Recently it was reported that a meeting of Cyber Cafe owners were held at Bangalore in which the Police have suggested that the Cyber Cafes install a software for tracking the ID of users. It was also stated that a free software would be made available for the purpose.

While it is good that a practical solution is being considered for compliance of the karnataka cyber cafe regulations first announced in 2004, it is necessary to bring to the notice of the authorities, that the timing of the suggestion was not ideal. According to the report of Times of India the meeting was held on 29th October 2009.

However on October 27, 2009, the new Information Technology Act 2008 was notified for effectiveness by the Central Government making the Karnataka Cyber Cafe regulations -which were incidentally called Information technolgoy (Karnataka) Rules 2004 and notified under the signature of the then IT&BT under secretary on 5th August 2004, redundant.

Under the ITA 2008 “Cyber Cafe” has been defined (there was no definition in ITA 2000) and powers to regulate them as “Intermediaries” vests with the CERT-IN.

For the benefit of immediate reference the relevant sections of ITA 2008 are reproduced below from an earlier article titled . .“Cyber Cafes in India now come under strict regualtions”

Section 2(na) of ITA 2008,

“Cyber cafe” means any facility from where access to the internet is offered by any person in the ordinary course of business to the members of the public.

Section 2(w) of ITA 2008

“Intermediary” with respect to any particular electronic records, means any person who on behalf of another person receives, stores or transmits that record or provides any service with respect to that record and includes telecom service providers, network service providers, internet service providers, web hosting service providers, search engines, online payment sites, online-auction sites, online market places and cyber cafes.

As per Section 67(C) of ITA 2008,

(1) Intermediary shall preserve and retain such information as may be specified for such duration and in such manner and format as the Central Government may prescribe.

(2) Any intermediary who intentionally or knowingly contravenes the provisions of sub section (1) shall be punished with an imprisonment for a term which may extend to three years and shall also be liable to fine.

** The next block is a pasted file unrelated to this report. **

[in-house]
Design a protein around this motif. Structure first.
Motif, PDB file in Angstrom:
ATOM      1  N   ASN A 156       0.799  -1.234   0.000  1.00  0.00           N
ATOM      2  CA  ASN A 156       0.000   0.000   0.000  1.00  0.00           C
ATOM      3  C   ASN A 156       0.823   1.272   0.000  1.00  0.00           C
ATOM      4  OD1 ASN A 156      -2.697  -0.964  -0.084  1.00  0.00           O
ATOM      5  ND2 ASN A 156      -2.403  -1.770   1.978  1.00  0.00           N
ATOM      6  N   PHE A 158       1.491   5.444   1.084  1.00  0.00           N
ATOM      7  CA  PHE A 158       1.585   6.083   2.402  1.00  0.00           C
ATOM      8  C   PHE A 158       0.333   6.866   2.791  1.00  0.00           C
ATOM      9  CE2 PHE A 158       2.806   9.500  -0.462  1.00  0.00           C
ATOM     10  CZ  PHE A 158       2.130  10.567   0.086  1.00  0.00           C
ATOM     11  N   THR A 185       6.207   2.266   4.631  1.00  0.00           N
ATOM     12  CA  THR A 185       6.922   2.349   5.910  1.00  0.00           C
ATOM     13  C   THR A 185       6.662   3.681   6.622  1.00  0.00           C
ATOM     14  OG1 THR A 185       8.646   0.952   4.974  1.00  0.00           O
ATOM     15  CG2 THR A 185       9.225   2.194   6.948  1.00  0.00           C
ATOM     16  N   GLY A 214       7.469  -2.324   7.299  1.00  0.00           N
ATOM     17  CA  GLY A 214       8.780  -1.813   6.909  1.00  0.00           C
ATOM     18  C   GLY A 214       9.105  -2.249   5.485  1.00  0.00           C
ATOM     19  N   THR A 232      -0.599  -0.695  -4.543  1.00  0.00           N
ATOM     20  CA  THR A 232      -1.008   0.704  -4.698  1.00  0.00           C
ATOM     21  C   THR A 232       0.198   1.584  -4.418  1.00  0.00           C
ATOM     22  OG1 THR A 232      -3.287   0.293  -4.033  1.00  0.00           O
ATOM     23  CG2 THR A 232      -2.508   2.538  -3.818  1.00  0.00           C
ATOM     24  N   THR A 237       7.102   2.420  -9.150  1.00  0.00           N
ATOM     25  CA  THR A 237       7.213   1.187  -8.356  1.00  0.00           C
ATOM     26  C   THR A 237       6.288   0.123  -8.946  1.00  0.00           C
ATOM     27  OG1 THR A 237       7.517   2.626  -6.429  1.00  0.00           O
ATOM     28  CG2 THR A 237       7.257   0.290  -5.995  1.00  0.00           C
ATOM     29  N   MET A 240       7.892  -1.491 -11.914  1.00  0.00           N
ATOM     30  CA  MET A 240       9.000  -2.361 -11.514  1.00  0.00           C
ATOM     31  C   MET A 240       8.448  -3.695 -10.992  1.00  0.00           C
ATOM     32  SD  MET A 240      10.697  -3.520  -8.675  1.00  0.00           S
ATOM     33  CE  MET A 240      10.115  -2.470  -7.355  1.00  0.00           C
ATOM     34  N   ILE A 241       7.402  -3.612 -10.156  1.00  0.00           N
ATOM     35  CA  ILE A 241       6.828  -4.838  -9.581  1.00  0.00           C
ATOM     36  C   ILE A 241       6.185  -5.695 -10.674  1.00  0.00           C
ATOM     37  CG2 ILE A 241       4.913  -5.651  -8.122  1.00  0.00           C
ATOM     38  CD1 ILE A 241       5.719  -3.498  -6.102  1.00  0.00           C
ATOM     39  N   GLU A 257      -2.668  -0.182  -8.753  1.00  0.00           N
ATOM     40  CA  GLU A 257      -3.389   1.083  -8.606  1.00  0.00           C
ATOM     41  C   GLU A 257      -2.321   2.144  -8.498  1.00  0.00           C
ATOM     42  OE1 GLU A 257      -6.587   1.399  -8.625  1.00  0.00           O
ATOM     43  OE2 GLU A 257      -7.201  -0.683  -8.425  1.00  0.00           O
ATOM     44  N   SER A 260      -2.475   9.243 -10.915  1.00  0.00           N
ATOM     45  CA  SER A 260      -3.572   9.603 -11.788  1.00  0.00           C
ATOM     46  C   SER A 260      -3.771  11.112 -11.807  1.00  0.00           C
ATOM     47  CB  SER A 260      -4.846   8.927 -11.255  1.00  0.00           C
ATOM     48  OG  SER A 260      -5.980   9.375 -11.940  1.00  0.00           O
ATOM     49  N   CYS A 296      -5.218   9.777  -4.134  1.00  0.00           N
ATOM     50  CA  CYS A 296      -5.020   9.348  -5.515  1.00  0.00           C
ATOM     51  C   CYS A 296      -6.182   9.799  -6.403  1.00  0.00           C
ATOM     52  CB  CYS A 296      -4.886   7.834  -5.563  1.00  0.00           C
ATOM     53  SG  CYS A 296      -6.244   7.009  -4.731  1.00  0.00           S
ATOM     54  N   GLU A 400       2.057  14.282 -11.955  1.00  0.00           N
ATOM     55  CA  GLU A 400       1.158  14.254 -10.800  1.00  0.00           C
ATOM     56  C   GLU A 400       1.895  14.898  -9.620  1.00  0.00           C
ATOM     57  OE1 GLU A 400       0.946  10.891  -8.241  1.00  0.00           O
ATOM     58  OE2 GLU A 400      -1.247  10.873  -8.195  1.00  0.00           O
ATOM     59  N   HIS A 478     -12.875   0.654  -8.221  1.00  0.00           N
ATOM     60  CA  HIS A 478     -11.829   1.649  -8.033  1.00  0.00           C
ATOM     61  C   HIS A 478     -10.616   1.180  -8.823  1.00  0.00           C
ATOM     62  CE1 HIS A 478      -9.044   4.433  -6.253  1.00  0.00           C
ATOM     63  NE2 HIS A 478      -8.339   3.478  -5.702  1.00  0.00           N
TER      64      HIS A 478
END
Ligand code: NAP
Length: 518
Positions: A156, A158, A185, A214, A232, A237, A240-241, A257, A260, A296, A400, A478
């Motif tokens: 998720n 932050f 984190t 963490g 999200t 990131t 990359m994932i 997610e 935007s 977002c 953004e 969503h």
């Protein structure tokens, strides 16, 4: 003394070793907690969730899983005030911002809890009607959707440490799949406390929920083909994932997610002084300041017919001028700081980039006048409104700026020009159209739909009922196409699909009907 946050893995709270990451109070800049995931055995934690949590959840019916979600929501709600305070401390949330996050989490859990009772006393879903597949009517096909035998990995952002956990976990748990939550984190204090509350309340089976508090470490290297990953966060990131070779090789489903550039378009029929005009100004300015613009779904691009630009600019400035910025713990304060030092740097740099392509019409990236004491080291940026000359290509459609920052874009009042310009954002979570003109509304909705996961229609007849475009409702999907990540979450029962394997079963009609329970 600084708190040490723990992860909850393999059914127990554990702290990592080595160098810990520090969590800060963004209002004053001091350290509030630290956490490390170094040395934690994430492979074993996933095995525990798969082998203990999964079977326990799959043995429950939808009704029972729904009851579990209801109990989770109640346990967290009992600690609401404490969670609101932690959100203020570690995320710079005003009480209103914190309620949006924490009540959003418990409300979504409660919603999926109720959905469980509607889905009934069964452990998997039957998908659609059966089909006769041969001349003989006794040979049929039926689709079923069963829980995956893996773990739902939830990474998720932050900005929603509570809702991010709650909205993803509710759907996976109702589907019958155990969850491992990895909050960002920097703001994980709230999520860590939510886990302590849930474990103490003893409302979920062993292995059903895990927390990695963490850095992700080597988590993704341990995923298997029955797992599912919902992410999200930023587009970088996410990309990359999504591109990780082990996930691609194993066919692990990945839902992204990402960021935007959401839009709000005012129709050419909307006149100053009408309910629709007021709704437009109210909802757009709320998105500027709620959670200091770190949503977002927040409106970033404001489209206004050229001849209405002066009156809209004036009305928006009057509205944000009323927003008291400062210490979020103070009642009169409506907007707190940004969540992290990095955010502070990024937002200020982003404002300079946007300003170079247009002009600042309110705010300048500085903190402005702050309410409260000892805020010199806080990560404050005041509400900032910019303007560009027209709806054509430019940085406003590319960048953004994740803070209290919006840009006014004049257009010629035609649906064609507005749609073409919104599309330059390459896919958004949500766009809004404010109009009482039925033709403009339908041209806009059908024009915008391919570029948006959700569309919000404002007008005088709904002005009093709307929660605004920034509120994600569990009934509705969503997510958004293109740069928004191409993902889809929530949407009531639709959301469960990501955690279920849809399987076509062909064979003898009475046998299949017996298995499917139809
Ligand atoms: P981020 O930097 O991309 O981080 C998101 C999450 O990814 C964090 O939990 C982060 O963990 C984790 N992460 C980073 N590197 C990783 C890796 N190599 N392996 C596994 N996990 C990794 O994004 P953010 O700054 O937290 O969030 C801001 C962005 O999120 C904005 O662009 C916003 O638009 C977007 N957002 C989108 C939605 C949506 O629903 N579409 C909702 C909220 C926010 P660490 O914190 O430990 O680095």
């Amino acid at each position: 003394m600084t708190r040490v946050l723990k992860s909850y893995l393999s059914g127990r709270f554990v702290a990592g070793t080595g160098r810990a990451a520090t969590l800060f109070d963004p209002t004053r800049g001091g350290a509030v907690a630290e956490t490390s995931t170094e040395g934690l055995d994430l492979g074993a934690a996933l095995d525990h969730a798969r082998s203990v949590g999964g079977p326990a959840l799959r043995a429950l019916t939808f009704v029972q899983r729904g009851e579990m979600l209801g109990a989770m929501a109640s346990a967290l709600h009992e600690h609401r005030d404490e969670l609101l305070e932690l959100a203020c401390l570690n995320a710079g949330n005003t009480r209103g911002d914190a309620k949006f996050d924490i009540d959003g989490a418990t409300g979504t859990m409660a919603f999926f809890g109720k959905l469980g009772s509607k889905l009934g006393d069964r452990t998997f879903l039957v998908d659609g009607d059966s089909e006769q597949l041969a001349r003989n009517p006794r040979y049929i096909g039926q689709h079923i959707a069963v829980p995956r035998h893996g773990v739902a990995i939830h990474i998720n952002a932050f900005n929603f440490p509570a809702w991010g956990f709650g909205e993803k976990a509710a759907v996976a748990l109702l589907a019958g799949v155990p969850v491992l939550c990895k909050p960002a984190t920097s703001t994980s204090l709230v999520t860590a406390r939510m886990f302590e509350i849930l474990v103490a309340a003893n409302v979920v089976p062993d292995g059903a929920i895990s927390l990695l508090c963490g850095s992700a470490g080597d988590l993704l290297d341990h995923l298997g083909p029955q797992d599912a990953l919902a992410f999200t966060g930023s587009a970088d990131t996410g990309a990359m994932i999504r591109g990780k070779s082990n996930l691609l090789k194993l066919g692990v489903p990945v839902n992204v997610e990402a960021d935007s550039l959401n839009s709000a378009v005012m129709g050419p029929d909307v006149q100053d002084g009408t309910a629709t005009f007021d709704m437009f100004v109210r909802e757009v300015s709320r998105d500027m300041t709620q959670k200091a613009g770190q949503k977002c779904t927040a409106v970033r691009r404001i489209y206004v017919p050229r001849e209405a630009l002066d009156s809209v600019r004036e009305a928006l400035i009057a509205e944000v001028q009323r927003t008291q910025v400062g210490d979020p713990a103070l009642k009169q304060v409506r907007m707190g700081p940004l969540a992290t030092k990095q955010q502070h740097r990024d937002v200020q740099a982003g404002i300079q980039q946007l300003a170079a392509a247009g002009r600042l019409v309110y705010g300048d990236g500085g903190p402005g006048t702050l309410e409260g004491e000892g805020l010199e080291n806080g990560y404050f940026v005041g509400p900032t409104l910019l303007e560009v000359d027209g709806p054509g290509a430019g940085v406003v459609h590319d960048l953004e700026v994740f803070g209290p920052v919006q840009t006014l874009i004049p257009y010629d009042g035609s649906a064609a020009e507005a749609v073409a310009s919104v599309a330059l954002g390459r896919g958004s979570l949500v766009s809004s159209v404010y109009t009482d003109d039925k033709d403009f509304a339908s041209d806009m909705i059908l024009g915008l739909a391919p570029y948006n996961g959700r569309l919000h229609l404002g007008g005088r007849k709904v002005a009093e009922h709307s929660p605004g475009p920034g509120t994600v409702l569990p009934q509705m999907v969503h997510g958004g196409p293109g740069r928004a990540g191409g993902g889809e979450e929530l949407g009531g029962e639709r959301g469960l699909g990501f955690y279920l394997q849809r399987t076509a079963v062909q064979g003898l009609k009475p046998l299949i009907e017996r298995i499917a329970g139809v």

As per Section 69 (modified version),

(1) Where the central Government or a State Government or any of its officer specially authorized by the Central Government or the State Government, as the case may be, in this behalf may, if satisfied that it is necessary or expedient to do in the interest of the sovereignty or integrity of India, defense of India, security of the State, friendly relations with foreign States or public order or for preventing incitement to the commission of any cognizable offence relating to above or for investigation of any offence, it may, subject to the provisions of sub-section (2), for reasons to be recorded in writing, by order, direct any agency of the appropriate Government to intercept, monitor or decrypt or cause to be intercepted or monitored or decrypted any information transmitted received or stored through any computer resource.

(2) The Procedure and safeguards subject to which such interception or monitoring or decryption may be carried out, shall be such as may be prescribed

(3) The subscriber or intermediary or any person in charge of the computer resource shall, when called upon by any agency which has been directed under sub section (1), extend all facilities and technical assistance to –

(a) provide access to or secure access to the computer resource generating, transmitting, receiving or storing such information; or

(b) intercept or monitor or decrypt the information, as the case may be; or

(c)  provide information  stored in computer resource.

(4) The subscriber or intermediary or any person who fails to assist the agency referred to in sub-section (3) shall be punished with an imprisonment for a term which may extend to seven years and shall also be liable to fine.

The important points to be noted in this section as well as the two other sections 69A and 69 B quoted below are

a) These powers are available to both the Central and State Governments who can specially authorize an officer for the purpose.

b) It can be invoked even for preventing incitement to the commission of any cognizable offence. It is debatable whether the term “Cognizable offence” has to be restricted to ITA 2008 only or can be extended to IPC or other laws as well.

c) Government shall prescribe necessary safeguards to be followed by Intermediaries.

d) The powers include demanding of information stored in a computer

e) Non compliance may result in stiff penalty of imprisonment upto 7 years.

The sections 69  specifically vest the powers in an agency to be designated. It has deliberately avoided the use of the term “Police”. The legislative intent is therefore indicative  that Police need not be the agency to exercise the powers under this sections.

It is believed that the Union Government is presently formulating rules under sections 79 which will define the “Due Diligence” requirements for intermediaries which will incldue the Cyber Cafe regulations.

Hence we may say that the Karnataka Police have jumped the gun to announce the adoption of a specific technology for cyber cafe regulations.

It would be advisable for the Police to wait until the complete set of rules are ready or request the IT&BT Secretary to formulate the necessary rules.


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